The lowlight came in a home loss to St. Bonaventure in the opening round of the NIT. Colorado thought it should have had more of shot at making the NCAA Tournament field than it did. The Pac-12 thought it should have gotten more than three bids. Colorado was supposed to justify those feelings in the NIT. Winning a couple of games might have done that. Losing the opener sure didn’t. Still, this was a team picked to finish sixth in the league and it earned a first-round bye to the league tournament.

Oregon Ducks — D

Picked to finish second, this Oregon team had enough talent to challenge for a Pac-12 title. Instead it lost 15 games, got bounced in the quarterfinals of the Pac-12 tournament, and had questions all year long about just how committed the team was. After the season, coach Dana Altman talked about leadership needing to be better, buy-in needing to be better, and guys who chose to come back for next season needing to be wholly committed to working.

The year was a grind. That Oregon managed 20 wins points to the raw talent available to it. A backcourt with Jacob Young and Will Richardson and De’Vion Harmon should have been a great one. Inconsistency kept that from happening. From Dec. 21 to Feb. 10, Oregon went 10-1 to put itself on the bubble for the NCAA Tournament. The Ducks then lost six of eight to limp into the postseason. Most seem more than ready to turn the page toward what figures to be a promising 2022-23 season.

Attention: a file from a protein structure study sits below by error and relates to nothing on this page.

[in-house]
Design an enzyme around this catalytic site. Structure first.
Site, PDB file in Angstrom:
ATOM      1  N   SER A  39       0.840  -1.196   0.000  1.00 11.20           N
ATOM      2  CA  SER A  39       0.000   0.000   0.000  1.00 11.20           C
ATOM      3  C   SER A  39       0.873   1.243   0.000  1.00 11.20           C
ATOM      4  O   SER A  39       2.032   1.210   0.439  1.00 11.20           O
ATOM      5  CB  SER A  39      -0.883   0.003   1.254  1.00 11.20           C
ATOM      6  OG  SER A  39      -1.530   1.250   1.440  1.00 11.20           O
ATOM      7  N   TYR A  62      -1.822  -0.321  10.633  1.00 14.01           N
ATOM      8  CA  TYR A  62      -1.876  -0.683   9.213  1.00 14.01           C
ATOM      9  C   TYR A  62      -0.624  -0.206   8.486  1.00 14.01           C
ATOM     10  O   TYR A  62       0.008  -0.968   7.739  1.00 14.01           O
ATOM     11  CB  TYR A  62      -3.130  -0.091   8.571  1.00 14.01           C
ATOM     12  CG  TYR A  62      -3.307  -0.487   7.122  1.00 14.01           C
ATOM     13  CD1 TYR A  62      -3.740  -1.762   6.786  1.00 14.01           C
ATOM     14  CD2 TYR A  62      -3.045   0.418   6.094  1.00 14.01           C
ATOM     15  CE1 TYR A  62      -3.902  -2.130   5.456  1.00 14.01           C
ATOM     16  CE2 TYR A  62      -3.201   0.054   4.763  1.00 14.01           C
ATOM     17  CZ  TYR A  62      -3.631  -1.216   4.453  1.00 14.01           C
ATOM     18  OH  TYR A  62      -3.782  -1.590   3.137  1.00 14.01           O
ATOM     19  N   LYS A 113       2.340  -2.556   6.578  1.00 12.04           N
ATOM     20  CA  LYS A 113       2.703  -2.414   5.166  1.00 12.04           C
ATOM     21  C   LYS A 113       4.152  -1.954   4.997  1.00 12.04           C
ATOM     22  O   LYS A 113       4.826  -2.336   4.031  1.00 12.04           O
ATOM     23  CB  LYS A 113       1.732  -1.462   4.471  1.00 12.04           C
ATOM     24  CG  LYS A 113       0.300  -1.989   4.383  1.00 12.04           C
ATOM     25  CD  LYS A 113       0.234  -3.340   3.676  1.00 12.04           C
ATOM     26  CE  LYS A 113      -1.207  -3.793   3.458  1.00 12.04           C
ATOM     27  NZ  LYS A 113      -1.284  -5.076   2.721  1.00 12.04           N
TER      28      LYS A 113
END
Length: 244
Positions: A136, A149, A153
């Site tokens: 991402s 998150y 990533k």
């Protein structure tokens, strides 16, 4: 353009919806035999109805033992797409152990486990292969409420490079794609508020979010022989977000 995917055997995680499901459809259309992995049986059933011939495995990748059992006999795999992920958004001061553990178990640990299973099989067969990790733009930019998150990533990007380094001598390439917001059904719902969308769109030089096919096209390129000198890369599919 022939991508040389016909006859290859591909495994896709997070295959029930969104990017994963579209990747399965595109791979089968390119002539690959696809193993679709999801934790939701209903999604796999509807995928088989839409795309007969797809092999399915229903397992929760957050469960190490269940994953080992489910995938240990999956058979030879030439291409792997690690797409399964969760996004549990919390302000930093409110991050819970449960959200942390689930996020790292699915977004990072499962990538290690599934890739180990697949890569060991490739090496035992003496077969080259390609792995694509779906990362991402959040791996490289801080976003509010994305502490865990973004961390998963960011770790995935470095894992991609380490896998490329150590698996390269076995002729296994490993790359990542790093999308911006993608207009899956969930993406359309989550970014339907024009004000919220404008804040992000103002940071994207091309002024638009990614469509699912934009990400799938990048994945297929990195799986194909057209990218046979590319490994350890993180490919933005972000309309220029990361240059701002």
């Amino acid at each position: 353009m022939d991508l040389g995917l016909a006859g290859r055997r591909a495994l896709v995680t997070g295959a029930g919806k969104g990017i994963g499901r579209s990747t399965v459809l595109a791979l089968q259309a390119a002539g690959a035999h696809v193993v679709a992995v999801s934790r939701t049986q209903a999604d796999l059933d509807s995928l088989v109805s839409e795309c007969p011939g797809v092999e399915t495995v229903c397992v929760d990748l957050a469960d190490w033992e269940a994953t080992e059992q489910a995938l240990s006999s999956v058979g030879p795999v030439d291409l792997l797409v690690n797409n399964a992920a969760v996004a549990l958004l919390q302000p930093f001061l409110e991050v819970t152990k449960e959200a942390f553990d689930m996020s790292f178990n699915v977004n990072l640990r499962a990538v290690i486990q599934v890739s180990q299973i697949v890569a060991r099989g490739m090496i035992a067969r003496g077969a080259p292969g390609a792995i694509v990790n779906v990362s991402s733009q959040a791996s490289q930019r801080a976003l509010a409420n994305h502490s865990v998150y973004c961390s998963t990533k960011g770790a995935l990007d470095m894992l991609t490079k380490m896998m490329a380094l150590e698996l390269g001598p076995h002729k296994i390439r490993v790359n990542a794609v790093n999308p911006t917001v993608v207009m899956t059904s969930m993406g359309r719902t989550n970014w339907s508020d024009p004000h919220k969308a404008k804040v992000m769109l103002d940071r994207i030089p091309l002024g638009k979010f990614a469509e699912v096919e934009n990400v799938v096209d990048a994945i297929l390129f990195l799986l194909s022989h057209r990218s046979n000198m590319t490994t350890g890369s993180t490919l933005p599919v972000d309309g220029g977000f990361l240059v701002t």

Washington Huskies — B-

Winning 11 games in league play after mustering only four victories the year prior feels like a huge win. Washington was picked to finish 11th and it earned the 6-seed in the league tournament. The Huskies had a 12-game improvement in the wins column year-over-year. The downside: against the top five teams in the league, UW went 2-8.

It also feels like a truly special year from guard Terrell Brown Jr. went a little to waste. A transfer from Arizona, Brown was magical with the ball. He scored 22 points a game in 36 minutes a night. He led the Pac-12 in scoring, finished fourth in assists (4.2), and finished seventh in effective field goal percentage all while carrying the largest usage rate in the league and occupying the bulk of opposing teams’ scouting reports. The pressure was on his shoulders all year and the focus was on his game all year and he produced on a nightly basis. To only get a single win at the Pac-12 tournament and nothing else is sort of tough to stomach, but this was a group that was all but written off prior to the season and coach Mike Hopkins had them fighting.